Vets issue ‘bunny spoilers’ ahead of Rabbit Awareness Week

01 June 2018

One of the secrets to a hoppy, healthy rabbit is feeding it the right food, the British Veterinary Association is highlighting ahead of Rabbit Awareness Week (2 – 10 June), as survey findings have shown that five of the top six rabbit health problems vets see in practice are attributable to poor diet.

While many rabbit owners may know that Bugs Bunny’s favourite snack, the carrot, should only be fed as an occasional treat due to its high sugar content, many myths still prevail around the best food for their pets. Misconceptions about feeding mean many vets are seeing rabbits suffering from preventable, and sometimes fatal, health issues like obesity, gut problems and dental disease. BVA’s Voice of the Veterinary Profession survey in 2016 revealed that 85% of vets had serious concerns about rabbits’ health due to poor nutrition.

British Veterinary Association President John Fishwick said: 
“Rabbits make fantastic pets, but unfortunately many vets are seeing rabbits suffering from completely preventable illnesses due to a poor diet. Rabbits need a fibre-based diet packed with clean hay, grass and leafy greens such as broccoli, cabbage and kale to help prevent stomach issues as well as dental problems, which ranks among the most common rabbit complaint seen by vets. Any changes to your rabbit’s diet should be made gradually, with advice from your vet, to avoid dangerous digestive problems.”

For Rabbit Awareness Week, BVA is sharing top tips to guide pet owners to avoid ‘bunny spoilers’ and ensure that they are feeding their pets a nutritious and balanced diet.

Top tips to avoid 'bunny spoilers'

80% of a rabbit’s diet should be good quality hay, grass or a mixture of both

Rabbits will spend hours grazing on hay or grass, and good quality fodder ensures they don’t have tummy troubles or grow long in the tooth. Rabbits’ teeth grow continuously throughout their lives, so they need to chew hay or grass to help keep their teeth to a correct shape and length. For indoor rabbits, freshly picked grass is suitable, but avoid clippings as they ferment quickly. Alfalfa hay is high in calcium and should generally be avoided in adult rabbits.

Move away from muesli

Although muesli diets are colourful and often more attractive to rabbits than pellets, they encourage selective feeding and predispose the animals to dental disease and obesity. Rabbits should be fed a small amount of pellets daily - about an egg cup full – as they are a good complementary source of vitamins and minerals.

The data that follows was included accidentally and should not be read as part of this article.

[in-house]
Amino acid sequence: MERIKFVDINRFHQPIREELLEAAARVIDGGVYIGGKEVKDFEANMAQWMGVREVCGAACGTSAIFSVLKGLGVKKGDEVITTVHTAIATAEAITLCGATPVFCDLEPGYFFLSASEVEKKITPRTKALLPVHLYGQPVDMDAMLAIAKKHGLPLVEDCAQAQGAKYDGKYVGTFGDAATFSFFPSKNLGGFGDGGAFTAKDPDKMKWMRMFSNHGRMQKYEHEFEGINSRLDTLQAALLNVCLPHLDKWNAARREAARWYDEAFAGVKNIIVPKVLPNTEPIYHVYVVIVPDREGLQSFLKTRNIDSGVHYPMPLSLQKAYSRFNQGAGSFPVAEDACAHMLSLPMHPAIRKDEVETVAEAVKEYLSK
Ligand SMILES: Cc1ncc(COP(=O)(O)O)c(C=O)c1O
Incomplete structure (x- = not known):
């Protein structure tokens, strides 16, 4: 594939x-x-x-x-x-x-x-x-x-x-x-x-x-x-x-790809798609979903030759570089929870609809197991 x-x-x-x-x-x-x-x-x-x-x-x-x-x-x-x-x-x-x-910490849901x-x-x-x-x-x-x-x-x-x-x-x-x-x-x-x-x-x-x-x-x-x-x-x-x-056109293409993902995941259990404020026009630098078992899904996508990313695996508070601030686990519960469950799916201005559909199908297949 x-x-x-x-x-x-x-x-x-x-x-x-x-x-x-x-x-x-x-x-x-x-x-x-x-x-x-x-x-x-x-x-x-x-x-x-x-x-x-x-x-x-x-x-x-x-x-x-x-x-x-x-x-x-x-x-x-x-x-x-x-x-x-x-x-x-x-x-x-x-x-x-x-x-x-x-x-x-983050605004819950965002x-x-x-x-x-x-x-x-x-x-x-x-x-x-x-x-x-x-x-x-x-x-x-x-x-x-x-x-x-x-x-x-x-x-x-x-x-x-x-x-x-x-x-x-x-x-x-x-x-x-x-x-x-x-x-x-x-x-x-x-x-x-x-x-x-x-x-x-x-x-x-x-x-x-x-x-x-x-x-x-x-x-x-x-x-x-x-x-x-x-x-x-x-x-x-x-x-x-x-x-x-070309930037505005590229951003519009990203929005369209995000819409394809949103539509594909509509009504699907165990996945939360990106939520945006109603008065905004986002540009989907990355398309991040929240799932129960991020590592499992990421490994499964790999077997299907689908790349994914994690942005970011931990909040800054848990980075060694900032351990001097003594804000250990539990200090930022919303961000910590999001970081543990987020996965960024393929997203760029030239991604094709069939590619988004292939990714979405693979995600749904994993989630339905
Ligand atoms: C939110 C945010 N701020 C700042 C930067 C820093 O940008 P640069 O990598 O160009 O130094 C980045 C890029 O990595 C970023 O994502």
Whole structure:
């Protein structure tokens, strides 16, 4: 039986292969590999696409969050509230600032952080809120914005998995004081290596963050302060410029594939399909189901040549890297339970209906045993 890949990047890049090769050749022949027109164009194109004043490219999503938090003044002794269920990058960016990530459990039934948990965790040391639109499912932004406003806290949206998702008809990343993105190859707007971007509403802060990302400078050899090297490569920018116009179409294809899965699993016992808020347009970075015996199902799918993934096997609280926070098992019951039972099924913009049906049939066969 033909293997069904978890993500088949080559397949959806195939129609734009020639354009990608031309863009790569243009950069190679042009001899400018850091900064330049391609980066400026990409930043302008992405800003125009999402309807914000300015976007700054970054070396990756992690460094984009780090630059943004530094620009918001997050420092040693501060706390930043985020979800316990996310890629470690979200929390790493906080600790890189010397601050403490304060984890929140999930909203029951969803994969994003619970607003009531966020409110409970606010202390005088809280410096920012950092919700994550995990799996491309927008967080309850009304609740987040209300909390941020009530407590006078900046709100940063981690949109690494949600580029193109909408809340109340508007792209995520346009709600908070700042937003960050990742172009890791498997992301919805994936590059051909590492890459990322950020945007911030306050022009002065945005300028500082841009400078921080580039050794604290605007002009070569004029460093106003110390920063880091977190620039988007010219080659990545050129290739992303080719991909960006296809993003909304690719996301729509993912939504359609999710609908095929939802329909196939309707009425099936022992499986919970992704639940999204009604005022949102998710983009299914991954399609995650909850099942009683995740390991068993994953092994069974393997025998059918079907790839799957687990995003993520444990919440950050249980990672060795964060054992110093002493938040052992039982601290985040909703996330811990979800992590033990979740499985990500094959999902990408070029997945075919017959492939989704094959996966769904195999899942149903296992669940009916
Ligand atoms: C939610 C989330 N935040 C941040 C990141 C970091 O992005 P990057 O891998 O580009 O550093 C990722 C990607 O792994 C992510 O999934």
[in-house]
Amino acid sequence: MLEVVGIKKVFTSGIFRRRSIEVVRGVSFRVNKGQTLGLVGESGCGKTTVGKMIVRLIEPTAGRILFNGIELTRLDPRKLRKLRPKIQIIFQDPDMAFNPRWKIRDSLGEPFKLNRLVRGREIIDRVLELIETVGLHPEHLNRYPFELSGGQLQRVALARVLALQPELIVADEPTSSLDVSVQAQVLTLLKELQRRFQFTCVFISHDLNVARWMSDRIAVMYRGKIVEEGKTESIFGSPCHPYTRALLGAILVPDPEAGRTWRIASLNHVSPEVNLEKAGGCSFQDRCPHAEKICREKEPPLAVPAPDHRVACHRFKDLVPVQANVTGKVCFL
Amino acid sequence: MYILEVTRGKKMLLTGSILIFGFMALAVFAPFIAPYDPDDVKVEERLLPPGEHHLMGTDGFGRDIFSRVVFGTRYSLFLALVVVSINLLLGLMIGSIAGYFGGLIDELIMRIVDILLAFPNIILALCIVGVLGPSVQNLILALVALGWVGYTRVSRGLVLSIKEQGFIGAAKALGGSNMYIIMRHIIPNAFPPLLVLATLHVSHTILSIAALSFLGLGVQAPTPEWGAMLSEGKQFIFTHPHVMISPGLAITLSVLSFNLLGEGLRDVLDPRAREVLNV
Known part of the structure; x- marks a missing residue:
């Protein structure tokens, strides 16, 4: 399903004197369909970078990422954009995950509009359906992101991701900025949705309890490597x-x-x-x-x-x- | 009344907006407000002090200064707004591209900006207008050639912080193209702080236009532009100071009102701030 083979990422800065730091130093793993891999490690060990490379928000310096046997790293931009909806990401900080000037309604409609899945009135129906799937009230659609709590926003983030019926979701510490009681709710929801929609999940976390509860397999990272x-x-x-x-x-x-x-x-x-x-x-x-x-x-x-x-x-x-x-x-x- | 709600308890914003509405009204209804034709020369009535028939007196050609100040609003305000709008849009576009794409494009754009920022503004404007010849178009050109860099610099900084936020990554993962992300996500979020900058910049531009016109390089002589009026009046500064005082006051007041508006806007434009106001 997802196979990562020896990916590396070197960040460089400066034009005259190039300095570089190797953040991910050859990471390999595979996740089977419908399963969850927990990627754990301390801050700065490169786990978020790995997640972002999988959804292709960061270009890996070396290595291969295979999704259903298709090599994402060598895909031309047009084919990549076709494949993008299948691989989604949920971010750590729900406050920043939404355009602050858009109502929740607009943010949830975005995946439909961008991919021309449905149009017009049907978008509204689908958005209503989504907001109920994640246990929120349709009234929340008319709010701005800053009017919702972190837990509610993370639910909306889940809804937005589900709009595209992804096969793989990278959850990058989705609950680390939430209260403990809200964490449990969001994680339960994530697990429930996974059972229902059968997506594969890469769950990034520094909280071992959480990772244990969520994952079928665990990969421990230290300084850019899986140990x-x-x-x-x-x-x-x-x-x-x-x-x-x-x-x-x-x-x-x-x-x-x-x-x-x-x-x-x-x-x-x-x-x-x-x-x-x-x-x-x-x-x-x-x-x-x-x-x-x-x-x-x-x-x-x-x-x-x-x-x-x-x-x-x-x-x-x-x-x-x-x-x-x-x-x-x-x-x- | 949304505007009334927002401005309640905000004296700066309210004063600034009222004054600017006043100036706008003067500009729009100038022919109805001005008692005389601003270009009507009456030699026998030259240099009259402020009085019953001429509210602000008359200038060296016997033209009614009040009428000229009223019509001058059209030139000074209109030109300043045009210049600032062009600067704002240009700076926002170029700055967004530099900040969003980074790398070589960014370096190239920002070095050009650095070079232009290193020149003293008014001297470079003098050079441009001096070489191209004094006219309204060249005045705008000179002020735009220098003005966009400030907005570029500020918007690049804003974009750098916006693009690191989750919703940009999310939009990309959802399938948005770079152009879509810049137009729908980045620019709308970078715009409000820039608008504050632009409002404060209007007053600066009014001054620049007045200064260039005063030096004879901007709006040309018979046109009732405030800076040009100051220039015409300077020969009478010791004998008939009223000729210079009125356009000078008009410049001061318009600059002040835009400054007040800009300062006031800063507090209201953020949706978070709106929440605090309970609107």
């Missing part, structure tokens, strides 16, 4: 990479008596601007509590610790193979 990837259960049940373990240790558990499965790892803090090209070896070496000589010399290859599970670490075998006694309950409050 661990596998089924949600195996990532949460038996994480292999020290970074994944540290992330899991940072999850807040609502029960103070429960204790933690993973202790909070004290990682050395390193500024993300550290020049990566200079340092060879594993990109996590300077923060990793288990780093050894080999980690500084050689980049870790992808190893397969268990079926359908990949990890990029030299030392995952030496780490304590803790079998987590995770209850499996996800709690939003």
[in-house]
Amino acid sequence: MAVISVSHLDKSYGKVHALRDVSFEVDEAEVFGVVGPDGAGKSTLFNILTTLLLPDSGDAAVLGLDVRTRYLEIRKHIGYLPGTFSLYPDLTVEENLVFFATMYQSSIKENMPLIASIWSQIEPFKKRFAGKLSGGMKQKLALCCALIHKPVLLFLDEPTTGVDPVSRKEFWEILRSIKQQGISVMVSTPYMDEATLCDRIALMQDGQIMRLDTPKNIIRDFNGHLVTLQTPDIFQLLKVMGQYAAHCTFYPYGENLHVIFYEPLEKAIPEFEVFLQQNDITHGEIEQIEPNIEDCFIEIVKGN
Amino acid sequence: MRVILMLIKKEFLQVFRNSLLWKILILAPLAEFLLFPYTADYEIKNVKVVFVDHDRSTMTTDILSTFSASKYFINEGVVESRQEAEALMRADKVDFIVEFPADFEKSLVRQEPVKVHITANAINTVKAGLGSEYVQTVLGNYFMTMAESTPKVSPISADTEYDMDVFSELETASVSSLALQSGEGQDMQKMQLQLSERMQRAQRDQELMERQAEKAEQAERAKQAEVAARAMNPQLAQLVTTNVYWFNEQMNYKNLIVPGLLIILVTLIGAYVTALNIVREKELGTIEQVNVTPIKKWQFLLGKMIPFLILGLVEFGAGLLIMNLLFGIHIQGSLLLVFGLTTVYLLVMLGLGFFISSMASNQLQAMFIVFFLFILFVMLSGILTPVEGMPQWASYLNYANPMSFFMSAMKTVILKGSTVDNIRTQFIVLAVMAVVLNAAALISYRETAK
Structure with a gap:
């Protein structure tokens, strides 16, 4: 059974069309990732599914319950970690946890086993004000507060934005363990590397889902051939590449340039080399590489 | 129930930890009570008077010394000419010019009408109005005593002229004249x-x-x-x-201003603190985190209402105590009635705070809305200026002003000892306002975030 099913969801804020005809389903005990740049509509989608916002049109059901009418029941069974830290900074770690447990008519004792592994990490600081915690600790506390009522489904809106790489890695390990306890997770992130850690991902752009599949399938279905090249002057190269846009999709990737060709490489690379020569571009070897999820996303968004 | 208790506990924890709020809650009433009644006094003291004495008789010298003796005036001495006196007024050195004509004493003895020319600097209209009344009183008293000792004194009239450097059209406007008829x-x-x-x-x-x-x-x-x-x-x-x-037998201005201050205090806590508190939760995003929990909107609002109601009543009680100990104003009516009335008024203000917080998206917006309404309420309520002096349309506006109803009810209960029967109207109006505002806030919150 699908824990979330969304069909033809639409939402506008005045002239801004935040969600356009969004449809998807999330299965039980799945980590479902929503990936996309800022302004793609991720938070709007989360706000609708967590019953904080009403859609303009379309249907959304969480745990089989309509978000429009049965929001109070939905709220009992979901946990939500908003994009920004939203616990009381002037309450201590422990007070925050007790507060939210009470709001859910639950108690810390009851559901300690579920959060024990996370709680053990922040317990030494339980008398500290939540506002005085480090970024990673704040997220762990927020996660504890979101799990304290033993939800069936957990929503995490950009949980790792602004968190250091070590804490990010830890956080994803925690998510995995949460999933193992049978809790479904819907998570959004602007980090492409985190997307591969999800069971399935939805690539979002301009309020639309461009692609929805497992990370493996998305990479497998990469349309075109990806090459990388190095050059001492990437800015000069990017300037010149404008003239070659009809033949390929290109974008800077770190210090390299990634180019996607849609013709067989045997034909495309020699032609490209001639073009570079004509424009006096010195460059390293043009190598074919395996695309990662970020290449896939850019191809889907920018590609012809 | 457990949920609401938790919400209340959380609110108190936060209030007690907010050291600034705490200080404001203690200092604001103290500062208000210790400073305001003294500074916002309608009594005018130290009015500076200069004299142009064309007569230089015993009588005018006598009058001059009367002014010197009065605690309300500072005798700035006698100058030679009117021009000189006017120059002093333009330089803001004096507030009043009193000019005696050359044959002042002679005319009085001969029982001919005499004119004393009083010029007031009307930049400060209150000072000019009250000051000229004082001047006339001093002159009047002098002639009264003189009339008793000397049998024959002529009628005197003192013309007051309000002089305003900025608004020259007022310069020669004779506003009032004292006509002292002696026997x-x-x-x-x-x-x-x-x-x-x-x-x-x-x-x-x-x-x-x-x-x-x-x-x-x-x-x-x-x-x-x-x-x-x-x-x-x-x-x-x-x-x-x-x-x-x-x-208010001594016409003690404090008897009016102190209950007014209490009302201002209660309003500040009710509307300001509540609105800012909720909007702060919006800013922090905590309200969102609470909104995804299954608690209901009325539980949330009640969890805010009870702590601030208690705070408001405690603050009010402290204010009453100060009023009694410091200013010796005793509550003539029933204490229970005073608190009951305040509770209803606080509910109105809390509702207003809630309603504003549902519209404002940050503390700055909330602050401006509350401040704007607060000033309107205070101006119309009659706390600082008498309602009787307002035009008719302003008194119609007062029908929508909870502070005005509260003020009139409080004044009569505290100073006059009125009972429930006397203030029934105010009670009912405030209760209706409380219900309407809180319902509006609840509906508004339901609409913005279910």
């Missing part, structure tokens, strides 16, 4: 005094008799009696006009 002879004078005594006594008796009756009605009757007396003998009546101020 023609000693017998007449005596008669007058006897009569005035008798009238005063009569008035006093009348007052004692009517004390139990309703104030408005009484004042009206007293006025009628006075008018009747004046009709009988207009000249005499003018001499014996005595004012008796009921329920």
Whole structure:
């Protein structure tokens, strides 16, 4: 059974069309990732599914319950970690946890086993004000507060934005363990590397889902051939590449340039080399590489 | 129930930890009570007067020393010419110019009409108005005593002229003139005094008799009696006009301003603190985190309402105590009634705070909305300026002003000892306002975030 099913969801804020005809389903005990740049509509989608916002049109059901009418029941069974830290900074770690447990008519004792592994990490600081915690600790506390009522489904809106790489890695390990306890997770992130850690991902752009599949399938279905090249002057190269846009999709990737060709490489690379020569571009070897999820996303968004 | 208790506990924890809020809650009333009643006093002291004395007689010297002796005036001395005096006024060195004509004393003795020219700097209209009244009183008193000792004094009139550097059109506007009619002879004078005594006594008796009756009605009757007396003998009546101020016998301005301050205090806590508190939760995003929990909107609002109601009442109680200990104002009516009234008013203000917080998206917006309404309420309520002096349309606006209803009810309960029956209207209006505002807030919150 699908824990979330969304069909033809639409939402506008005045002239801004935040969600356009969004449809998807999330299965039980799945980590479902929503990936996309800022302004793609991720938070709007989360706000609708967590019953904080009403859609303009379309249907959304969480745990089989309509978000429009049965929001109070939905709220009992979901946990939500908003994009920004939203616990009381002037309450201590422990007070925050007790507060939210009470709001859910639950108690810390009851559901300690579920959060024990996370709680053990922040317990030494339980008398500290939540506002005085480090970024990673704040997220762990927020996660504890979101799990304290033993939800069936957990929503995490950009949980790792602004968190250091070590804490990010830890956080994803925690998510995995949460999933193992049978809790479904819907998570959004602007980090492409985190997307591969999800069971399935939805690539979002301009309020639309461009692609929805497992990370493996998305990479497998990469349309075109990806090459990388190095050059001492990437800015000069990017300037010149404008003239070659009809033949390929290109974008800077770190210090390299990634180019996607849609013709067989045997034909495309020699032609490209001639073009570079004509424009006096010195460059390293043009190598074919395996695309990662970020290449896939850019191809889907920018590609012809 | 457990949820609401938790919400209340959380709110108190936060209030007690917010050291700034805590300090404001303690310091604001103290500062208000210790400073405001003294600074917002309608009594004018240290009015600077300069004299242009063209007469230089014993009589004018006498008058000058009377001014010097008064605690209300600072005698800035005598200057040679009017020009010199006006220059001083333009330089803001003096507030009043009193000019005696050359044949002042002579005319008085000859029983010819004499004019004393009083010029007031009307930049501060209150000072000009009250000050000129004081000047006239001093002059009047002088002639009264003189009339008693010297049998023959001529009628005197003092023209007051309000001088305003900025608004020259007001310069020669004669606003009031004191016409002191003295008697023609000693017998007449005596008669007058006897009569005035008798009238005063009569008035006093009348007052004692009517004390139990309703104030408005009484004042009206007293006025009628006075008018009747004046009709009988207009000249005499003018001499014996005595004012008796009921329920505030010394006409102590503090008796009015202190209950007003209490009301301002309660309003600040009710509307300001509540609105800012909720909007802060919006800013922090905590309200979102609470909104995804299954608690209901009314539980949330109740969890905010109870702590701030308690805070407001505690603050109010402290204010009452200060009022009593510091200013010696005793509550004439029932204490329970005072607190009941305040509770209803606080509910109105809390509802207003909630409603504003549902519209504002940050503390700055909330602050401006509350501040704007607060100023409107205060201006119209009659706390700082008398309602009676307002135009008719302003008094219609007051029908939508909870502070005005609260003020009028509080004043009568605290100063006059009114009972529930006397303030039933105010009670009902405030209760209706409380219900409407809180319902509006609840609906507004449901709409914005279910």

Carrot tops, not carrots

Despite the myths perpetuated by cartoon and storybook characters, carrots are actually not good for rabbits as they are high in sugar content, and should only be given occasionally as a treat. Green carrot tops are a more appropriate snack.

15% of a rabbit’s diet should be made up of a variety of plants and vegetables

Vegetables such as courgettes, spring greens, broccoli and curly kale, herbs such as basil and parsley, and plants such as dandelions and burdock are some good options. Avoid certain lettuces like iceberg, which contain a secretion called lactucarium that can be dangerous in large quantities. It is important that you offer a variety of leafy greens rather than rely on the same one or two items every time.

Eating their own poo is normal

Rabbits produce two types of faecal pellets, although you may only ever see one type! They produce hard round faecal pellets that are passed throughout the day, but usually at dawn and dusk, rabbits produce soft faeces called caecotrophs, which contain proteins, fatty acids, vitamins and minerals and serve as an additional source of nutrients.

 

Owners who would like more information on their rabbit’s diet and care should contact their local vet, who will be able to offer the best advice for their pet. Further information about rabbit welfare can be found in our Rabbit Health and Welfare policy page.

Related BVA policy

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